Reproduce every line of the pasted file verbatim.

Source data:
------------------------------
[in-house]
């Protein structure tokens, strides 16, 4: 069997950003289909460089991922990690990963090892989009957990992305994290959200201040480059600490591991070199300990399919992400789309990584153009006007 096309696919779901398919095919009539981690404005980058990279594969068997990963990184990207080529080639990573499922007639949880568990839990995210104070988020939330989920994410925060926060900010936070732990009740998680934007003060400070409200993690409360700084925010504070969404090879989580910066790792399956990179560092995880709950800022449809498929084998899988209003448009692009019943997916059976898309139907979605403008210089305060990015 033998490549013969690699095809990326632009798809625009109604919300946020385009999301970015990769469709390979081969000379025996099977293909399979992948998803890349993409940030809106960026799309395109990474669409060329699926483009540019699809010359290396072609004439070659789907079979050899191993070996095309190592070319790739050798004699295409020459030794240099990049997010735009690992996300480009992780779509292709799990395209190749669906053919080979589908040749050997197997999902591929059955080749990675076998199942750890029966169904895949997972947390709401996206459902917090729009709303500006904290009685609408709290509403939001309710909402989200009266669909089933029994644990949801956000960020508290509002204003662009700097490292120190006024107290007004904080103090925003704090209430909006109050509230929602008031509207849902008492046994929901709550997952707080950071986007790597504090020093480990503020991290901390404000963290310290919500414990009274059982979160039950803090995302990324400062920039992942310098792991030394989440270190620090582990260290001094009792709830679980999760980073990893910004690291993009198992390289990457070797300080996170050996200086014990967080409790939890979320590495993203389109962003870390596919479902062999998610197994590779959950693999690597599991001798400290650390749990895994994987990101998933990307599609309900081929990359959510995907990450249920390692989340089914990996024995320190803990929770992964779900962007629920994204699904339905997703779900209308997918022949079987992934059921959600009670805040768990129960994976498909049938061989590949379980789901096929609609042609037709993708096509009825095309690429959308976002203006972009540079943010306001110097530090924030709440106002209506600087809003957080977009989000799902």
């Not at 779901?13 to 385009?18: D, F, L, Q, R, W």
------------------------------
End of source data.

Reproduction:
[in-house]
């Protein structure tokens, strides 16, 4: 069997950003289909460089991922990690990963090892989009957990992305994290959200201040480059600490591991070199300990399919992400789309990584153009006007 096309696919779901398919095919009539981690404005980058990279594969068997990963990184990207080529080639990573499922007639949880568990839990995210104070988020939330989920994410925060926060900010936070732990009740998680934007003060400070409200993690409360700084925010504070969404090879989580910066790792399956990179560092995880709950800022449809498929084998899988209003448009692009019943997916059976898309139907979605403008210089305060990015 033998490549013969690699095809990326632009798809625009109604919300946020385009999301970015990769469709390979081969000379025996099977293909399979992948998803890349993409940030809106960026799309395109990474669409060329699926483009540019699809010359290396072609004439070659789907079979050899191993070996095309190592070319790739050798004699295409020459030794240099990049997010735009690992996300480009992780779509292709799990395209190749669906053919080979589908040749050997197997999902591929059955080749990675076998199942750890029966169904895949997972947390709401996206459902917090729009709303500006904290009685609408709290509403939001309710909402989200009266669909089933029994644990949801956000960020508290509002204003662009700097490292120190006024107290007004904080103090925003704090209430909006109050509230929602008031509207849902008492046994929901709550997952707080950071986007790597504090020093480990503020991290901390404000963290310290919500414990009274059982979160039950803090995302990324400062920039992942310098792991030394989440270190620090582990260290001094009792709830679980999760980073990893910004690291993009198992390289990457070797300080996170050996200086014990967080409790939890979320590495993203389109962003870390596919479902062999998610197994590779959950693999690597599991001798400290650390749990895994994987990101998933990307599609309900081929990359959510995907990450249920390692989340089914990996024995320190803990929770992964779900962007629920994204699904339905997703779900209308997918022949079987992934059921959600009670805040768990129960994976498909049938061989590949379980789901096929609609042609037709993708096509009825095309690429959308976002203006972009540079943010306001110097530090924030709440106002209506600087809003957080977009989000799902």
């Not at 779901?13 to 385009?18: D, F, L, Q, R, W």